This HBO documentary has so many creepy moments that it’s difficult for any to stand out. Here’s one that did.
Imagine that your kid brother is living a real-life fairytale: he’s best buddies with with the world’s biggest music star, hanging out at the guy’s cool-ass mansion, eating ice-cream and playing videogames with him, and hearing secrets that Vanity Fair will never know.
It sounds unbelievable, like a tall tale from the playground’s biggest bullshitter (“I’m going steady with Miss America! No, you can’t meet her, she goes to another school!”) but this is actually happening to your brother. It’s enough to make you believe in magic.
Then you turn on the TV. A child exactly like your younger brother is accusing the pop star of abusing him.
Wouldn’t your brain…implode? The fairytale is gone. The years of happiness are now have a sinister new context. Was this what was happening to your younger brother? Those holidays and funpark rides and sleepovers…was this the price?
That’s the situation the brother of Wade Robson (one of the two subjects of the documentary, with James Safechuck being the other) found himself in 1993. It’s emblematic of how the Michael Jackson story has ended: too good to be true. I’ve heard alcohol described as a way of robbing happiness from tomorrow. Michael Jackson was cultural alcohol: the past was fun; but now the hangover has arrived. To be fair, Michael Jackson may have stolen happiness from some people’s present, too.
I grew up in the 90s, when he seemed terrifying: a raceless, genderless skeleton with bleached skin and a face crafted from paper mache. I laughed when people called him a “sex symbol”. For whom? Department store mannequins?
If I’d grown up in the 80s, I might have had different memories: an impossibly talented vocal acrobat who (along with Quincy Jones) created large parts of the 80s as they are now remembered.
But even in his glory days there was something strange about Michael, as though every camera was looking at him from slightly the wrong angle. In 1984 he swept up eight Grammy awards for Thriller, which had sold thirty-four million copies in twenty months. He was accompanied to the awards ceremony by Brooke Shields, one of the most desirable women on the planet, but he spent the entire evening ignoring her in favor of twelve-year-old Emmanuel Lewis, who sat on his lap.
Things deteriorated after Jones left his life. In the nineties he had a reputation as a talented but eccentric and even faintly sinister man – Howard Hughes with a surgically reconstructed nose. The tabloids (sensing skeletons in his Neverland closet) aggressively hounded him, and this became a narrative upheld by fans to this day: poor Michael Jackson, harassed by the media. Can’t they all just leave him alone?
If one half of Leaving Neverland is true, the media didn’t harass him nearly enough.
It’s a documentary about false and true narratives: it doesn’t hide (for example) the fact that Safechuck and Robson testified that Michael Jackson never touched them during the 1993 Jim Chandler trial. However, it puts this in proper context – they were kids who had been Michael’s favorite. They wanted to be his favorite again. They wanted his approval, his love, and when Michael coached them on what to say in court, they said it.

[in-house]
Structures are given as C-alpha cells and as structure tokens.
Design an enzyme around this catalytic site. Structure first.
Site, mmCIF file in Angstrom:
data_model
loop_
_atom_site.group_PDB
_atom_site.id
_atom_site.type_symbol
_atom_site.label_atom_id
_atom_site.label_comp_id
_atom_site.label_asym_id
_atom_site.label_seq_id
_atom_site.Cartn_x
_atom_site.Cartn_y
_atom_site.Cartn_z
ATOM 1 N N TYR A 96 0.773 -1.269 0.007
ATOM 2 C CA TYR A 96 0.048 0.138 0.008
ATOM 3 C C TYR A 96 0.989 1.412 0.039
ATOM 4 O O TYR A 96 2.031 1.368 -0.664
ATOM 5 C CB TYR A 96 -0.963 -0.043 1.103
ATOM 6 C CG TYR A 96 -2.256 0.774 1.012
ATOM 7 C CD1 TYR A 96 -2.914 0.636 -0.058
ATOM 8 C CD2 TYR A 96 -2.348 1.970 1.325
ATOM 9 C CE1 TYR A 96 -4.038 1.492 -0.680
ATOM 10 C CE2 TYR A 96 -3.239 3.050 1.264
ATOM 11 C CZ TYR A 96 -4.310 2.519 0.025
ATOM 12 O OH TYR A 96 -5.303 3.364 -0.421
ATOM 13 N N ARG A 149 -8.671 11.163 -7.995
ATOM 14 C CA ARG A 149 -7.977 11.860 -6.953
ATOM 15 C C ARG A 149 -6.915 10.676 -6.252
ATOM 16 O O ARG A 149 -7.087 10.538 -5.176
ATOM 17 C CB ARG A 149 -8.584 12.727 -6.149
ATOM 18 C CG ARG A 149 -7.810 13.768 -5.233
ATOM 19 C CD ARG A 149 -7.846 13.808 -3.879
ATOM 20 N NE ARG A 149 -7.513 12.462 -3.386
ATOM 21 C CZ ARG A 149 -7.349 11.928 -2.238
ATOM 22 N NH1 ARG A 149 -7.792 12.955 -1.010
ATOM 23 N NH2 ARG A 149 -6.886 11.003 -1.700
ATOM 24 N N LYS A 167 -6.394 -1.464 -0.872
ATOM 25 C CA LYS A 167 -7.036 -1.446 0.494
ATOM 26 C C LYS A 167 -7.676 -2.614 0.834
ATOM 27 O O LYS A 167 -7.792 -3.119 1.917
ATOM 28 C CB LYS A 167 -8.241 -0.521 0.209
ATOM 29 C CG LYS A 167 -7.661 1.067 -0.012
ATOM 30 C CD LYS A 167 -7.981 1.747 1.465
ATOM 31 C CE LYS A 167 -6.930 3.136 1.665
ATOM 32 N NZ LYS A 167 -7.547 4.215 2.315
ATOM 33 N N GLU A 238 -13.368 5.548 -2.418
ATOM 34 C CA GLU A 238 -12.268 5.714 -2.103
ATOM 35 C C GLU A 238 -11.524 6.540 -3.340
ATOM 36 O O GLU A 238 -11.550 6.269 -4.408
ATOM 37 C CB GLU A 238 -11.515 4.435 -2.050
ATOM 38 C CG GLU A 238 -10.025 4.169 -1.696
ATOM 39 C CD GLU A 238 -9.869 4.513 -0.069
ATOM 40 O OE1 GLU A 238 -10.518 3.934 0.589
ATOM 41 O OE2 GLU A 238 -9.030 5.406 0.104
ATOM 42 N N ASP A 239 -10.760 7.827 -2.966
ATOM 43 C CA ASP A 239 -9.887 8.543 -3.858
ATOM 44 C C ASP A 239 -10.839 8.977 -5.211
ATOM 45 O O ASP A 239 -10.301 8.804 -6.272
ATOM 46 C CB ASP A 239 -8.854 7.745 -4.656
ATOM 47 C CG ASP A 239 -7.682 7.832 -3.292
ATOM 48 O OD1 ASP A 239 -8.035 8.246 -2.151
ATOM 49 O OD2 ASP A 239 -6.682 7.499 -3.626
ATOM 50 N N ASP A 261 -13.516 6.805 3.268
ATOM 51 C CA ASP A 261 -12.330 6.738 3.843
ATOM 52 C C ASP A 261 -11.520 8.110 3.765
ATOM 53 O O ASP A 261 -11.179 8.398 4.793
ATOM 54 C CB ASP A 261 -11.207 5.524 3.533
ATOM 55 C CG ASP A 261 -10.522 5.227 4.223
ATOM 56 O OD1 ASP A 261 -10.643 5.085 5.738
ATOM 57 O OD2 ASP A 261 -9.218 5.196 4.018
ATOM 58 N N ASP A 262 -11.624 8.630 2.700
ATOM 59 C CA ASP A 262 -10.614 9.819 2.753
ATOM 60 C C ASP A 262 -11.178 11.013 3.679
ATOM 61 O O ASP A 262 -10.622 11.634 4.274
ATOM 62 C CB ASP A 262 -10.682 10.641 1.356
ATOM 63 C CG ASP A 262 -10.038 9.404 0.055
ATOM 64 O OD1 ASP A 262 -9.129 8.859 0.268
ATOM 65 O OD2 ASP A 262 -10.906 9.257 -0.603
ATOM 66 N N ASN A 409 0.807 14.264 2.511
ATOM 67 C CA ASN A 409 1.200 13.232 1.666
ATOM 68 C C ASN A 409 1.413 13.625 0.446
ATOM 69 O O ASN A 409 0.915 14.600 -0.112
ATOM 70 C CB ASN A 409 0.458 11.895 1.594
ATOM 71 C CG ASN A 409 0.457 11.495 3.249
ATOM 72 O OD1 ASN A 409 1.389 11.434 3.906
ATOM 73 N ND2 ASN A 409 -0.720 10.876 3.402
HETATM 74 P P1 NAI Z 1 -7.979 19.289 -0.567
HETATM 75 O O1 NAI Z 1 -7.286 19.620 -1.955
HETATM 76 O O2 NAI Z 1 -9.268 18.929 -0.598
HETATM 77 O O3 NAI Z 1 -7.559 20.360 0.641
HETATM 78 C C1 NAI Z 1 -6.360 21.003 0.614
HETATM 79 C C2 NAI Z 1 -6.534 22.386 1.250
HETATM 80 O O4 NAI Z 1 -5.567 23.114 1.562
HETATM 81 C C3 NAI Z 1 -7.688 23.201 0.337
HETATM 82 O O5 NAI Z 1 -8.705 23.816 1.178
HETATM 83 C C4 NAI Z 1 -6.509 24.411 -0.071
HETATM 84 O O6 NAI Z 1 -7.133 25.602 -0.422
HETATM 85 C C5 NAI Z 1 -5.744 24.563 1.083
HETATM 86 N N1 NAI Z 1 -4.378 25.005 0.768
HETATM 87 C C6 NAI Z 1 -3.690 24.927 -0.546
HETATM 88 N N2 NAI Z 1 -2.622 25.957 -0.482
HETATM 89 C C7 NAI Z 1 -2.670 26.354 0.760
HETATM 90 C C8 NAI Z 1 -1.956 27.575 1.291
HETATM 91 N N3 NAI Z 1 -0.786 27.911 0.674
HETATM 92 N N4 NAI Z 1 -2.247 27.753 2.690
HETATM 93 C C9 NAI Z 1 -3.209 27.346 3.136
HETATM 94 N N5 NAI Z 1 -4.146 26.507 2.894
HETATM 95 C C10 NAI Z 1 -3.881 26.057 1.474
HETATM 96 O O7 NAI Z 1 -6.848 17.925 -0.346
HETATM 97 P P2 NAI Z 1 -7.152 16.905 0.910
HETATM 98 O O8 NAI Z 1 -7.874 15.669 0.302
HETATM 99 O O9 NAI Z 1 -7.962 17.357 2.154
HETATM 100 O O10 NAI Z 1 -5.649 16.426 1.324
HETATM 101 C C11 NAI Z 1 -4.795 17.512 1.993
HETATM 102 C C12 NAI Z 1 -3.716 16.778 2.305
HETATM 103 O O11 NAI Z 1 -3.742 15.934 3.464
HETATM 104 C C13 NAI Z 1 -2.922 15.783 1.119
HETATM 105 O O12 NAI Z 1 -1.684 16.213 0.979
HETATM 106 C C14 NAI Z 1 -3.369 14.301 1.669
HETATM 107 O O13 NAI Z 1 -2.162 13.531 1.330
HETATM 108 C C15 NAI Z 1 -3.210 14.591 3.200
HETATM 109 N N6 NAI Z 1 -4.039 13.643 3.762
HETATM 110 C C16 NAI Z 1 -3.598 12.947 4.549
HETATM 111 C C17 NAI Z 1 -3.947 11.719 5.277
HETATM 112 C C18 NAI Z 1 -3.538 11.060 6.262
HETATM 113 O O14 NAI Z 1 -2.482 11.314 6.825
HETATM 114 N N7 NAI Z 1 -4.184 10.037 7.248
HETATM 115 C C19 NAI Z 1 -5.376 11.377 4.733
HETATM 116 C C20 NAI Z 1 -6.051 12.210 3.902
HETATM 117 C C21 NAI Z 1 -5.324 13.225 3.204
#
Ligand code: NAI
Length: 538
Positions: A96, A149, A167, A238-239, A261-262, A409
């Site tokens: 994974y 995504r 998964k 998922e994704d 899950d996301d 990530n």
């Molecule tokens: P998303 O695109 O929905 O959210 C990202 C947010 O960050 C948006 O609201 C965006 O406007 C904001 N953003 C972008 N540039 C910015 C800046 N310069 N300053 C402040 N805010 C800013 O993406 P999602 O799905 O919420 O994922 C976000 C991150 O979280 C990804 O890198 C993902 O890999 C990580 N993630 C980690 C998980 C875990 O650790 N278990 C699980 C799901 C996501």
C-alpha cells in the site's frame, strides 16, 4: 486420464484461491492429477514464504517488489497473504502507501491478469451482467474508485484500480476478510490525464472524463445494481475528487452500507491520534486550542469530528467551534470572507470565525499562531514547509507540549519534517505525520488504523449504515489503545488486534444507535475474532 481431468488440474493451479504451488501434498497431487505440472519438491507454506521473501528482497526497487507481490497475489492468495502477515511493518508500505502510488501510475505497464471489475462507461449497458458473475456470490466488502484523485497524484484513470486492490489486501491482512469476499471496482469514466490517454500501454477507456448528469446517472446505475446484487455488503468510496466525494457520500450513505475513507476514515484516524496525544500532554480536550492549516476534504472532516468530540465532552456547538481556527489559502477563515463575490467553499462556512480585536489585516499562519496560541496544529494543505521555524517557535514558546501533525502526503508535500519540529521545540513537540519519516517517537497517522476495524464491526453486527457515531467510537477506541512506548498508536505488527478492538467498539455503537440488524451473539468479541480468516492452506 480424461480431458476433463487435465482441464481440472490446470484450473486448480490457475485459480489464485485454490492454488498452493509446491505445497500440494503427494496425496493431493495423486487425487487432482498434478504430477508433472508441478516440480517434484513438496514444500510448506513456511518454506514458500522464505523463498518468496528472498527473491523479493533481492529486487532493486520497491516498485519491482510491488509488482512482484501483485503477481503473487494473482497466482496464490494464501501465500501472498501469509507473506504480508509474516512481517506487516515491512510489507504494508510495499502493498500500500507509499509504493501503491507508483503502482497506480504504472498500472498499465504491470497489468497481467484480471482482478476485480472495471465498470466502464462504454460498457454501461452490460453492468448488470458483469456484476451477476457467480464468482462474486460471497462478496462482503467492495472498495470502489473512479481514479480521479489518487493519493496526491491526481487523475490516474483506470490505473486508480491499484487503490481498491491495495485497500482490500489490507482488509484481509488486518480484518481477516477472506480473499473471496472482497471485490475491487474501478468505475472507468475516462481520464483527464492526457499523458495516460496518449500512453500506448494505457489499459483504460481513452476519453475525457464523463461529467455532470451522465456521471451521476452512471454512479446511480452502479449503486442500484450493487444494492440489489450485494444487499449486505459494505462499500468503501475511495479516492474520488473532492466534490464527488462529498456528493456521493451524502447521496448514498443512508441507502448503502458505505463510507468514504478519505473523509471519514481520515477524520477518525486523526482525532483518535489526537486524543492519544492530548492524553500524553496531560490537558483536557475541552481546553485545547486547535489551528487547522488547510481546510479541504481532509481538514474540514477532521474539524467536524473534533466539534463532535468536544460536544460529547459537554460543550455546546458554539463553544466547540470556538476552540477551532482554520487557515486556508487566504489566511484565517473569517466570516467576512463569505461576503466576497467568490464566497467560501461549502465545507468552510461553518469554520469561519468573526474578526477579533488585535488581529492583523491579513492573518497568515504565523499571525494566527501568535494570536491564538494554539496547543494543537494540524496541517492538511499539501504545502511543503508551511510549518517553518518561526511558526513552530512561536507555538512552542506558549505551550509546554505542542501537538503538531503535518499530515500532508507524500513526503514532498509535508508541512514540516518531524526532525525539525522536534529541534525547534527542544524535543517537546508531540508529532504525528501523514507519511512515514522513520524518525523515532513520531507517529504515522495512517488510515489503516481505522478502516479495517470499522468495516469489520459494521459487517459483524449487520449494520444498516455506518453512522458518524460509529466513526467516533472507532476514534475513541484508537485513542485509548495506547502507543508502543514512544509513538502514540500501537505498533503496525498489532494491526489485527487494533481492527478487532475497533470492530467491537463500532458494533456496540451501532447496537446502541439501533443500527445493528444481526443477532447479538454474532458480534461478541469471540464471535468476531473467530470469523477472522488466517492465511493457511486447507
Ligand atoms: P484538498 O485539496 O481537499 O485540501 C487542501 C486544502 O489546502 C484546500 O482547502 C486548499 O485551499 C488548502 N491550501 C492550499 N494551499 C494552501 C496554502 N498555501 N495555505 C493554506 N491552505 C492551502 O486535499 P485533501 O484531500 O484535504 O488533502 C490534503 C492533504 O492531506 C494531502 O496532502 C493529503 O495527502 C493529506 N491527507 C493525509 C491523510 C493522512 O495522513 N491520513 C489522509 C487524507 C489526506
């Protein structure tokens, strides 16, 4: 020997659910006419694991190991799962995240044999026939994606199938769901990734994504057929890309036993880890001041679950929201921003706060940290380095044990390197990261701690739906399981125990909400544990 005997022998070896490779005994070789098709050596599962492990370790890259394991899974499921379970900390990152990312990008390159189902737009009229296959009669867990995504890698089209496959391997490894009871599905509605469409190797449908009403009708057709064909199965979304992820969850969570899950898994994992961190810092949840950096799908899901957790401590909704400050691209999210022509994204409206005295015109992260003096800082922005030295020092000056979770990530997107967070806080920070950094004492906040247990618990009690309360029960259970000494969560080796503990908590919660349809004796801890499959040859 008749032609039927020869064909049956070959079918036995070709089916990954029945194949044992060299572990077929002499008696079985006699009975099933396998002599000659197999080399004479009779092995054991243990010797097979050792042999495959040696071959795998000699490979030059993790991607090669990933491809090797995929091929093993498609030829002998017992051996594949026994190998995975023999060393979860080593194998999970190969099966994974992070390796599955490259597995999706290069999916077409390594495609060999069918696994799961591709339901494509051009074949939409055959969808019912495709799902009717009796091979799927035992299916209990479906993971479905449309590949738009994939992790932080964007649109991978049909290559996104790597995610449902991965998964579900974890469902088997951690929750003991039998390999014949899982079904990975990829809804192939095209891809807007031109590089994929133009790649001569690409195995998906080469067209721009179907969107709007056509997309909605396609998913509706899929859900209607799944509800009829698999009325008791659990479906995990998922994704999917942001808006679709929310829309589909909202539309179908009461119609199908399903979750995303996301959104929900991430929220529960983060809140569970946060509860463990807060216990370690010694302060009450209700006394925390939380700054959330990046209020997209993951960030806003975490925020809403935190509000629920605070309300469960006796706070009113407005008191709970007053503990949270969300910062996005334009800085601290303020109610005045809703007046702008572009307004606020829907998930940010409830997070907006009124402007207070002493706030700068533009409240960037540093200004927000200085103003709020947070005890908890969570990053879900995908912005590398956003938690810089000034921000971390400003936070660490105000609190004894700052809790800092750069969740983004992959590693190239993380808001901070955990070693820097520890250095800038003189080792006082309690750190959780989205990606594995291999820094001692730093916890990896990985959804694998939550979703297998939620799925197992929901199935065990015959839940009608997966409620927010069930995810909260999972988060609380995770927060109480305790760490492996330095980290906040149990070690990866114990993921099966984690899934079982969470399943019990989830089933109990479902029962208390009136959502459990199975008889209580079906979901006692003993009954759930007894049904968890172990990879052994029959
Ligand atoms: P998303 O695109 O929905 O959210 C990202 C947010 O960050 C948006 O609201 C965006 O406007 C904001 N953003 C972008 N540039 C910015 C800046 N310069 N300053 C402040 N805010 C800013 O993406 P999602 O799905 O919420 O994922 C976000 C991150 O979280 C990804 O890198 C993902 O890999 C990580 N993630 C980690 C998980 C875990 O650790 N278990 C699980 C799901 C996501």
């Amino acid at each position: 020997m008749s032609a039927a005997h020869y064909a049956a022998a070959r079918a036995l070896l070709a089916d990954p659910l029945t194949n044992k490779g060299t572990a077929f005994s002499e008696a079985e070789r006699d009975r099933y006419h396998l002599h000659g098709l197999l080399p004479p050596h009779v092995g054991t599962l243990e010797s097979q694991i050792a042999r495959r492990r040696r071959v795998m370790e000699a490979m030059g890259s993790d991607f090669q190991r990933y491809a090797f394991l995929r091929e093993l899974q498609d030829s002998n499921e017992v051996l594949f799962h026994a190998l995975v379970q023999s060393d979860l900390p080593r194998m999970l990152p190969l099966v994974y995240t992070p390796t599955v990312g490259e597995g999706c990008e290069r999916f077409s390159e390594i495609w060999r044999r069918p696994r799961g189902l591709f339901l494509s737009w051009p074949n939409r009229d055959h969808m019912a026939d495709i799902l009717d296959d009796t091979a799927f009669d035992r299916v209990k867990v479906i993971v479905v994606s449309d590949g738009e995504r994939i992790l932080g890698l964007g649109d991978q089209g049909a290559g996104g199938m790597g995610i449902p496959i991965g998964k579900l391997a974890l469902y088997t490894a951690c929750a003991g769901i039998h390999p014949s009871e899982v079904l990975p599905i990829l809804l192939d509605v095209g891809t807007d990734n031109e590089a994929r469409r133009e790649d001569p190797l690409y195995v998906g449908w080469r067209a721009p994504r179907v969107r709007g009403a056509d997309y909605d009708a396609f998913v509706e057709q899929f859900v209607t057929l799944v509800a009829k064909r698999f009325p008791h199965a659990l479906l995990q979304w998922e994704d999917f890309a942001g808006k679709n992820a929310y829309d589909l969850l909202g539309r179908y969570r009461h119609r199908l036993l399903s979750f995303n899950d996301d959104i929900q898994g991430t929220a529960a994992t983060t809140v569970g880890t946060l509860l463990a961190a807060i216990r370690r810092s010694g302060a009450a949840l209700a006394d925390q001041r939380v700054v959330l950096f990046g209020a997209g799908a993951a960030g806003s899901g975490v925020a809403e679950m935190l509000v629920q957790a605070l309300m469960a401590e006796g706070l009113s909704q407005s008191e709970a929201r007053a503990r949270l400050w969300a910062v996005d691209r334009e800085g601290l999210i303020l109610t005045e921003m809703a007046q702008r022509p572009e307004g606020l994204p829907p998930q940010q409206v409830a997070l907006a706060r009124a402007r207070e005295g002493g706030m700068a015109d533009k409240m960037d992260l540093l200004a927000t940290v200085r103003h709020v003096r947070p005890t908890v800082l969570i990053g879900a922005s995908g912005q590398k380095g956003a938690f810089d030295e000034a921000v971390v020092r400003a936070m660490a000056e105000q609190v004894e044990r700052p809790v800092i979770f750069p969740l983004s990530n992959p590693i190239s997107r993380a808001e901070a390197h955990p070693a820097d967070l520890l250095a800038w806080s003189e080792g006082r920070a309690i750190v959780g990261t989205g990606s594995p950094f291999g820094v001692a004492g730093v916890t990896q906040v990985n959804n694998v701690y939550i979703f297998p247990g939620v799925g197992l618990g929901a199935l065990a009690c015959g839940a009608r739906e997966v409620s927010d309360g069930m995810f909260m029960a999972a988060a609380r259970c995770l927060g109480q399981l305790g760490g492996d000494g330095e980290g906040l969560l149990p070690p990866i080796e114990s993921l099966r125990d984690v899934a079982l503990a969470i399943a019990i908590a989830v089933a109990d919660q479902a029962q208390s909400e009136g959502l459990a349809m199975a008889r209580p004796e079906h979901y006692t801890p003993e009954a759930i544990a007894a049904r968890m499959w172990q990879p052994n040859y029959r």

The documentary runs for four hours. There’s a lot of biographical detail on two people you’ve probably never heard of unless you’re a hardcore Jacko defender with his entire legal saga pinned on the wall with red tape (in which case, your opinions about Safechuck and Robson are probably negative). At first the homespun folksy stories of S&R’s childhoods seem pointless, but they quickly prove their worth: Jackson is such a massive figure that it’s easy for everyone in his orbit to seem like a 2D cutouts, as inhuman as the dancing zombies in “Thriller”. The director wanted to make the accusers seem like people you know.
If so, it worked. I believe them. They seem credible. Misremembering a date or a location is typical when twenty five years have passed, and so is feeling affection for one’s molester. There’s detailed descriptions of sex acts, which gives the documentary a compulsive rubbernecking-the-car-crash aspect. Tip: if you don’t want to hear stuff like “In Paris, he introduced me to masturbation”, maybe watch Regular Show instead. Equally disturbing are the faxes Michael sent the boys, and the desperate manipulation he tried towards the end to stop his entire house of cards collapsing.
The bottom line? Michael Jackson was probably a pedophile, and his defenders were wrong. Their webpages and blog posts and Facebook groups (“TOP 10 PROVEN SAFECHUCK LIES!!! #MJINNOCENT”) are barricades built to defend an image of a man who only exists in their imagination.
So where does that leave Michael Jackson in the year 2020? Is he “cancelled”? Is that even possible? There’s a psychological term called “splitting” – an inability to view people as having both good and bad sides. Michael’s strongest defenders clearly love his music, and certain aspects of his personality (philanthropy, generosity, etc) inspired them. Claims that he molested children represent a threat to that image of Michael, which is why they argue themselves into logical pretzels defending him.
It doesn’t have to be that way. You can still enjoy Michael’s music (and be inspired by the positive sides to his character) without retreating into solipsistic delusion. Michael caused people to become better – it was what he loved to do – and we become better when we embrace the truth. Watch Finding Neverland and let Michael Jackson change you one final time.